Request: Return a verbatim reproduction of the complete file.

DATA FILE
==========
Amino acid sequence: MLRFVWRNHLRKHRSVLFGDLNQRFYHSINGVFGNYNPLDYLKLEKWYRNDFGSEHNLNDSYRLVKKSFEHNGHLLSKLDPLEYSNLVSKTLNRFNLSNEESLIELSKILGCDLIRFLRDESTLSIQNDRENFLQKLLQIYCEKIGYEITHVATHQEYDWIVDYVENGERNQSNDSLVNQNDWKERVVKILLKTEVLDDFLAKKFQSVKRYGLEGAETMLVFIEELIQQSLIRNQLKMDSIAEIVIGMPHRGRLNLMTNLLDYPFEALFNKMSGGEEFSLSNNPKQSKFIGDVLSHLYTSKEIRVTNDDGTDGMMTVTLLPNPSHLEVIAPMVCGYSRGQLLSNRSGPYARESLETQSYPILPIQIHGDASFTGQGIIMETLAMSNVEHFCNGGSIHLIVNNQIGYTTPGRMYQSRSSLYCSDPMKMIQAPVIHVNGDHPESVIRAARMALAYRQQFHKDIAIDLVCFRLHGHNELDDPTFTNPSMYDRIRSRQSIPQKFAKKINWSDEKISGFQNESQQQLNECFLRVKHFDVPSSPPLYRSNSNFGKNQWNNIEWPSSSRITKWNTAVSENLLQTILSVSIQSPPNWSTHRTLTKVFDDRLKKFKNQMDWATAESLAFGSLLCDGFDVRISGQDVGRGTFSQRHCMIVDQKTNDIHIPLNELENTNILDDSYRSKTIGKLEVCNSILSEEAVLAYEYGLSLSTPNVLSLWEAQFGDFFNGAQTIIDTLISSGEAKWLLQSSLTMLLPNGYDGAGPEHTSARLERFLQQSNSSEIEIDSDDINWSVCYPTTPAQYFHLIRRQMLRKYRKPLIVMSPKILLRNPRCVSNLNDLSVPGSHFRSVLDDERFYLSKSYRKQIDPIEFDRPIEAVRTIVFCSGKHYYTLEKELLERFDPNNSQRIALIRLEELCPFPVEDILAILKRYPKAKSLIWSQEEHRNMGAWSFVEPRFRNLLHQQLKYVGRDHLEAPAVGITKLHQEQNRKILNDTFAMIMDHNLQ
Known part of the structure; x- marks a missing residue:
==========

Amino acid sequence: MLRFVWRNHLRKHRSVLFGDLNQRFYHSINGVFGNYNPLDYLKLEKWYRNDFGSEHNLNDSYRLVKKSFEHNGHLLSKLDPLEYSNLVSKTLNRFNLSNEESLIELSKILGCDLIRFLRDESTLSIQNDRENFLQKLLQIYCEKIGYEITHVATHQEYDWIVDYVENGERNQSNDSLVNQNDWKERVVKILLKTEVLDDFLAKKFQSVKRYGLEGAETMLVFIEELIQQSLIRNQLKMDSIAEIVIGMPHRGRLNLMTNLLDYPFEALFNKMSGGEEFSLSNNPKQSKFIGDVLSHLYTSKEIRVTNDDGTDGMMTVTLLPNPSHLEVIAPMVCGYSRGQLLSNRSGPYARESLETQSYPILPIQIHGDASFTGQGIIMETLAMSNVEHFCNGGSIHLIVNNQIGYTTPGRMYQSRSSLYCSDPMKMIQAPVIHVNGDHPESVIRAARMALAYRQQFHKDIAIDLVCFRLHGHNELDDPTFTNPSMYDRIRSRQSIPQKFAKKINWSDEKISGFQNESQQQLNECFLRVKHFDVPSSPPLYRSNSNFGKNQWNNIEWPSSSRITKWNTAVSENLLQTILSVSIQSPPNWSTHRTLTKVFDDRLKKFKNQMDWATAESLAFGSLLCDGFDVRISGQDVGRGTFSQRHCMIVDQKTNDIHIPLNELENTNILDDSYRSKTIGKLEVCNSILSEEAVLAYEYGLSLSTPNVLSLWEAQFGDFFNGAQTIIDTLISSGEAKWLLQSSLTMLLPNGYDGAGPEHTSARLERFLQQSNSSEIEIDSDDINWSVCYPTTPAQYFHLIRRQMLRKYRKPLIVMSPKILLRNPRCVSNLNDLSVPGSHFRSVLDDERFYLSKSYRKQIDPIEFDRPIEAVRTIVFCSGKHYYTLEKELLERFDPNNSQRIALIRLEELCPFPVEDILAILKRYPKAKSLIWSQEEHRNMGAWSFVEPRFRNLLHQQLKYVGRDHLEAPAVGITKLHQEQNRKILNDTFAMIMDHNLQ
Known part of the structure; x- marks a missing residue: